The Way Collective is a new movement in Santa Barbara, CA, and is a community for people looking to unite by living well for the common good in an increasingly divisive world.
Source: Way Collective
“I think we can look at his life, look at the intolerance that he’s spoken, I think that my Jesus that I follow was really somebody who fought for the outliers, and I think that Trump has actually done the opposite – kind of ostracizing them.” — Jerushah Armfield
Jerushah Armfield is an evangelical writer, the granddaughter of the iconic evangelist Billy Graham, and Franklin Graham’s niece. Follow her on Twitter at https://twitter.com/jerushahruth.0
Jesus loves the little children,
All the children of the world.
If anything should anger followers of Jesus at Christmas time, it shouldn’t be that we don’t say “Merry Christmas” as often as we did, but that we so seldom say “I forgive you.”
Starbucks red cups are not going to destroy the Christian faith. When Christians start to lose sight of gratitude and instead develop a major persecution complex then we have a huge faith crisis on our hands that is far bigger than whether the red cups at Starbucks make any reference to Jesus. Maybe this year we can set our sights a little higher than changing red cups, and instead buy someone in need a coffee.
The Christianity Bonhoeffer denounced is the Christianity we denounce today. The Boston Declaration, condemning the abuse of the Christian faith by many conservatives today, was just written, signed and released by over 300 hundred Christian theologians. Many dressed in sackcloth and ashes to call for repentance and change in Christianity in the United States, the presenters were clear that white American Evangelicalism is in a crisis, a crisis of its own making. It has abandoned the Gospel of Jesus Christ. Jesus said, “Love one another.” And we say, “Amen.”
“Thousands of grassroots movements are emerging across the country, all focused on turning our national soul to a morality that looks like the heart of Jesus. Somebody’s hurting our brother, somebody’s hurting our sister, somebody’s hurting our children, and we won’t–we can’t–be silent anymore.”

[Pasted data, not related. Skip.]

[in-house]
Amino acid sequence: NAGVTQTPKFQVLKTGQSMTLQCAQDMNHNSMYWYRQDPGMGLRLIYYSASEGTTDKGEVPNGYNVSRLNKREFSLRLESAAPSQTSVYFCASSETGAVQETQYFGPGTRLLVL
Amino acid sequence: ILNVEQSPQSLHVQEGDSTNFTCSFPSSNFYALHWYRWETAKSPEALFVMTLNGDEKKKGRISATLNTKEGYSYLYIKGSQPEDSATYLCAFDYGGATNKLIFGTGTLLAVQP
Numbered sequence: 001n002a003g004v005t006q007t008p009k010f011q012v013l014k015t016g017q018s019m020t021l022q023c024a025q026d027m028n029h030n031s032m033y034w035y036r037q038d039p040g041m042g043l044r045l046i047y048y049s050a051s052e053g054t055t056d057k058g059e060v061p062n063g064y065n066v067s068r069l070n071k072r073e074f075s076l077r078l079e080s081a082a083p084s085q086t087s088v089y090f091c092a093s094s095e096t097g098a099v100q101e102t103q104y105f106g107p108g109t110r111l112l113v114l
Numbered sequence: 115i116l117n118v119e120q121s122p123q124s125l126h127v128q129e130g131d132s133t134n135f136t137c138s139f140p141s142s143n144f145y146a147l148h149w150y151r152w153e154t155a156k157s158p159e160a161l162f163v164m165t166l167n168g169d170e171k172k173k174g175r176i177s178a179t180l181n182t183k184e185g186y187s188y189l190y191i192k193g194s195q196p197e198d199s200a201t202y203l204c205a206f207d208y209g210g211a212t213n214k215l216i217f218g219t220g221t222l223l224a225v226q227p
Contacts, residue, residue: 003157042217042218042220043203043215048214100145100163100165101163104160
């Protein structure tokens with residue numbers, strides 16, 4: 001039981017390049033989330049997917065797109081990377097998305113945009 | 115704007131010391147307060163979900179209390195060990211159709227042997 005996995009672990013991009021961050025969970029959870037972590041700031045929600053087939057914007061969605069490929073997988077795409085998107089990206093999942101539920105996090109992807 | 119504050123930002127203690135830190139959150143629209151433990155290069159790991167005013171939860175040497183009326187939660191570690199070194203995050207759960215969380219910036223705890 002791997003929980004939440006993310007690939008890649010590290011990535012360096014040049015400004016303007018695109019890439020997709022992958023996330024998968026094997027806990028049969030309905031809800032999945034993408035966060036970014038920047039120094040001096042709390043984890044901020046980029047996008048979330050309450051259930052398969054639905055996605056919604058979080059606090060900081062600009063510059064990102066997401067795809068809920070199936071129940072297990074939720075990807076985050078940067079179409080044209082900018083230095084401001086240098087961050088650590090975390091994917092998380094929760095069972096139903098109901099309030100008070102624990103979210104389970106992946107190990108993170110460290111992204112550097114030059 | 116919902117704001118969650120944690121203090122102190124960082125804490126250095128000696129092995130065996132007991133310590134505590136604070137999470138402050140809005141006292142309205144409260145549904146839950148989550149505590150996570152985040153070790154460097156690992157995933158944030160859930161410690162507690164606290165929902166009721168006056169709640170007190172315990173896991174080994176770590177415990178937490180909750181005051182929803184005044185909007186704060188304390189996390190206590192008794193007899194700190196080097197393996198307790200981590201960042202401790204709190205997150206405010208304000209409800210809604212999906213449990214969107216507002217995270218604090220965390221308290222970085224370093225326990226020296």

“Dear world, Franklin Graham is not our leader, not our pastor, not our spokesperson, nor our example—and with all due respect, in my personal opinion, he’s nothing like Jesus. The screeching sound of his bigotry, pride, self-righteousness, mean-spirited condemnation, and imperialistic faith overtakes and overshadows all.” — Chris Kratzer
Chris Kratzer is a husband, father, pastor, author, and speaker. His focus is communicating the message of Grace and the beauty of Jesus particularly as it relates to life, culture, and church.0
“A ‘Christian Nation’ is absolutely heretical. Jesus said you must hate your mother and father and love your enemies. Love your neighbor as yourself. To gain access to true love and true self, you must die to yourself, to your family, to your heritage, your narrow-minded ideology, your ego, your ill-conditioned consciousness and your false identity. Go in your closet and pray for your enemies. You must love your neighbor, love your enemies, serve the poor, give everything away and put yourself last.” — Sufjan Stevens